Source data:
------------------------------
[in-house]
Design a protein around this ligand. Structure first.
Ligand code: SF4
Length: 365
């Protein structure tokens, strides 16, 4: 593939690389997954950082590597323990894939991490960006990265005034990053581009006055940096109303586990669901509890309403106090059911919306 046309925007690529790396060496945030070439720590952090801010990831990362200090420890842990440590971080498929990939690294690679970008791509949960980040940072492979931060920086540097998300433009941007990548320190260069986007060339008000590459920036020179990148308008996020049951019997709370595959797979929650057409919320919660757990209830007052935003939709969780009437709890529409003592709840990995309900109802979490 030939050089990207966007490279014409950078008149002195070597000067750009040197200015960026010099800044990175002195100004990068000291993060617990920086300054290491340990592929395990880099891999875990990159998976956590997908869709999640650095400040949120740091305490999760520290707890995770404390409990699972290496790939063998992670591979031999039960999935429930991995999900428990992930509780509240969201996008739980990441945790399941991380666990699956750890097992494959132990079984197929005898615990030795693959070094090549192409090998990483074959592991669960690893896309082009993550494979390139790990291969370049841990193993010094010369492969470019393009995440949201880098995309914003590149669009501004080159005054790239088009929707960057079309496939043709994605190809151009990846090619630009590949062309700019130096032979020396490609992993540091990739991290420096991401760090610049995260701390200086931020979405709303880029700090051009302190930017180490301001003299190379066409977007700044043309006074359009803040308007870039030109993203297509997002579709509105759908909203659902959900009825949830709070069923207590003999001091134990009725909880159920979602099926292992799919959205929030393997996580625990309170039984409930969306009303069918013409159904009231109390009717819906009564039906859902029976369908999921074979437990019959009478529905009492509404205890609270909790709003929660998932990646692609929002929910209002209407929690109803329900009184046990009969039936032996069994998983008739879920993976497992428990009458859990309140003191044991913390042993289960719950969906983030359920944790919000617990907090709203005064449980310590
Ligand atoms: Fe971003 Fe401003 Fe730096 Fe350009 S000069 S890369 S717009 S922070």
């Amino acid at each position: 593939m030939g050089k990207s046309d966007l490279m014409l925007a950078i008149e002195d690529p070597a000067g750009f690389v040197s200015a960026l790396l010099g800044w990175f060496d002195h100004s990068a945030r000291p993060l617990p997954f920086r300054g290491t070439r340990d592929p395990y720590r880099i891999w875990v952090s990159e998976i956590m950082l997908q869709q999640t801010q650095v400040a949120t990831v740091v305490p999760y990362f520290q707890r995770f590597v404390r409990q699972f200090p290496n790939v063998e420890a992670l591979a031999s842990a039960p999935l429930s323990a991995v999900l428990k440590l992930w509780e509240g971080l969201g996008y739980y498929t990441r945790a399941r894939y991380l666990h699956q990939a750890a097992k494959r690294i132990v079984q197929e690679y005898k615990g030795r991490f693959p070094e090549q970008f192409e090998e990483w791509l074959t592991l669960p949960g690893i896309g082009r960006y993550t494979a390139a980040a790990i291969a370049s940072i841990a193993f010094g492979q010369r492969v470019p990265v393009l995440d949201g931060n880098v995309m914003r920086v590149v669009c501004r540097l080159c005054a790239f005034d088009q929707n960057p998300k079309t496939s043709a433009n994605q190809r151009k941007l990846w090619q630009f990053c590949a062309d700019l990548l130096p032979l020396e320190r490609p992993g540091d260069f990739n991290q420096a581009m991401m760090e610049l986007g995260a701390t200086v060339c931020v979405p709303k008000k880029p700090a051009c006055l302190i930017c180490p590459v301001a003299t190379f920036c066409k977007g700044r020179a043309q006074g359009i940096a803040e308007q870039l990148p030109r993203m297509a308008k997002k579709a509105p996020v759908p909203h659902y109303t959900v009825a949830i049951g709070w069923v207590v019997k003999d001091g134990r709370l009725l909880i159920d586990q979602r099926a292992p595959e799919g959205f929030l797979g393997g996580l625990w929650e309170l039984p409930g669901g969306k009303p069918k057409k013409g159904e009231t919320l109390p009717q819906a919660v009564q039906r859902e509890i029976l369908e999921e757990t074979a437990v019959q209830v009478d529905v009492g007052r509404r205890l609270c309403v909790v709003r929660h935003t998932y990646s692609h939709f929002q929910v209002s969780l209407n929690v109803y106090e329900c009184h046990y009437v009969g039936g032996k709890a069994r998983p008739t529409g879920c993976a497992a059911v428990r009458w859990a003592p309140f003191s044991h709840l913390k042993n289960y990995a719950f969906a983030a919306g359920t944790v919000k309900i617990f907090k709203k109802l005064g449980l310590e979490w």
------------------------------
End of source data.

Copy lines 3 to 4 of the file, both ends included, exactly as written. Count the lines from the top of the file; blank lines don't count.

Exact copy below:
Ligand code: SF4
Length: 365